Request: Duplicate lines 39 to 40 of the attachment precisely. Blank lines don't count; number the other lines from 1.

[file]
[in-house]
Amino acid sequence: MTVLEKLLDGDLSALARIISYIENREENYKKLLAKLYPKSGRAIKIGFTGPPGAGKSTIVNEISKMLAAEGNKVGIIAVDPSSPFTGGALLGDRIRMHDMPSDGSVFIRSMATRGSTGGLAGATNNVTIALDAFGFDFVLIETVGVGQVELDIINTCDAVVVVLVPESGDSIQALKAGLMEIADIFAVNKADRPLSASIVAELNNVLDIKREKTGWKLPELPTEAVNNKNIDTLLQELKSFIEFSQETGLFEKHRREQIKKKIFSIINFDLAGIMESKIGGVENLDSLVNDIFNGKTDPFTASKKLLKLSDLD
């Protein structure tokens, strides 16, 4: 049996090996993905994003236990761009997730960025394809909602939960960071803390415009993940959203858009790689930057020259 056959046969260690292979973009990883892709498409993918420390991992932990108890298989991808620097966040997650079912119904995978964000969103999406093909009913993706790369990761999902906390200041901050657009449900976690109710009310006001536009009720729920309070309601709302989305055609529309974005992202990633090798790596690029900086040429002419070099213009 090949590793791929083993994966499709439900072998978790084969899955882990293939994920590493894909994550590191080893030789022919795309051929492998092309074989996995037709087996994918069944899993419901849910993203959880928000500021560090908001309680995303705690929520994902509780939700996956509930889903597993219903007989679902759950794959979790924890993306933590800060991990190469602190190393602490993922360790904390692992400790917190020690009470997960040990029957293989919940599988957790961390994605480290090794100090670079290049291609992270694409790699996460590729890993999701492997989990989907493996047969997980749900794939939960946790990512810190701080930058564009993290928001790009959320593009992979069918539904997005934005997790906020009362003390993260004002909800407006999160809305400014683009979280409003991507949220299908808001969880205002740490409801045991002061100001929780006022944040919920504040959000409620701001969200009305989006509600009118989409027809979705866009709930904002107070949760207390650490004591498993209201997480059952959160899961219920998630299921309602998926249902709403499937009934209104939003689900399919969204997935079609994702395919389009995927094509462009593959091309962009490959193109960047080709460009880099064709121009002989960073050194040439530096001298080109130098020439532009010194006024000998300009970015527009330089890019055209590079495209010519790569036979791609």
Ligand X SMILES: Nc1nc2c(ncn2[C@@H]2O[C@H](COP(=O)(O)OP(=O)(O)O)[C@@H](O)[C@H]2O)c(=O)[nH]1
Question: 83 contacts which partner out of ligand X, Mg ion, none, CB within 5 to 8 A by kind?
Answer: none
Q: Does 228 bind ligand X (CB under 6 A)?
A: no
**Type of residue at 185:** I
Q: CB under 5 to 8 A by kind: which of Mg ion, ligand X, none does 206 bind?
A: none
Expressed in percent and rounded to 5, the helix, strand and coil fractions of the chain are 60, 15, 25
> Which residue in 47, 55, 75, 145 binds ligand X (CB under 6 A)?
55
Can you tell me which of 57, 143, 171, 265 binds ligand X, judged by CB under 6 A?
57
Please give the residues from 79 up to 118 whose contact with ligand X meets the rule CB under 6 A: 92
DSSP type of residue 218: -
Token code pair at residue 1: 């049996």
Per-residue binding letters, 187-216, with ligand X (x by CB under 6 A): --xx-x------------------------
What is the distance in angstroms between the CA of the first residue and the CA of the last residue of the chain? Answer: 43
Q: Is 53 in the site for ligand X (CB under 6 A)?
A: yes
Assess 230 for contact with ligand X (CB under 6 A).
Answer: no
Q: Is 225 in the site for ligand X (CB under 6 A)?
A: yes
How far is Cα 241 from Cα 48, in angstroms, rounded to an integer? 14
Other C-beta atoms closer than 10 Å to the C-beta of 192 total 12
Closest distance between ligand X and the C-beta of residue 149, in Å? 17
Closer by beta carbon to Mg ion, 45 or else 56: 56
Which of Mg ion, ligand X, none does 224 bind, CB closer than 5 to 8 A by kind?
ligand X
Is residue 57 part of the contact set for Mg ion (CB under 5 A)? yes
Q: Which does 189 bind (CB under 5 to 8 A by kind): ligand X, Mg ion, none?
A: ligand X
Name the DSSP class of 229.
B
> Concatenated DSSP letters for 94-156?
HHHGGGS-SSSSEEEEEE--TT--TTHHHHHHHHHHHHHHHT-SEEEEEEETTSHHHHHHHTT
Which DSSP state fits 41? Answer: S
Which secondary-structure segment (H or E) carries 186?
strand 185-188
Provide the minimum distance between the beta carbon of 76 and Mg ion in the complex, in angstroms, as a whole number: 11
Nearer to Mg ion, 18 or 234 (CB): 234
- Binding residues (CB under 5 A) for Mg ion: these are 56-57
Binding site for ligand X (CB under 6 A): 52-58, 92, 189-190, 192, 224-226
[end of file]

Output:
> Concatenated DSSP letters for 94-156?
HHHGGGS-SSSSEEEEEE--TT--TTHHHHHHHHHHHHHHHT-SEEEEEEETTSHHHHHHHTT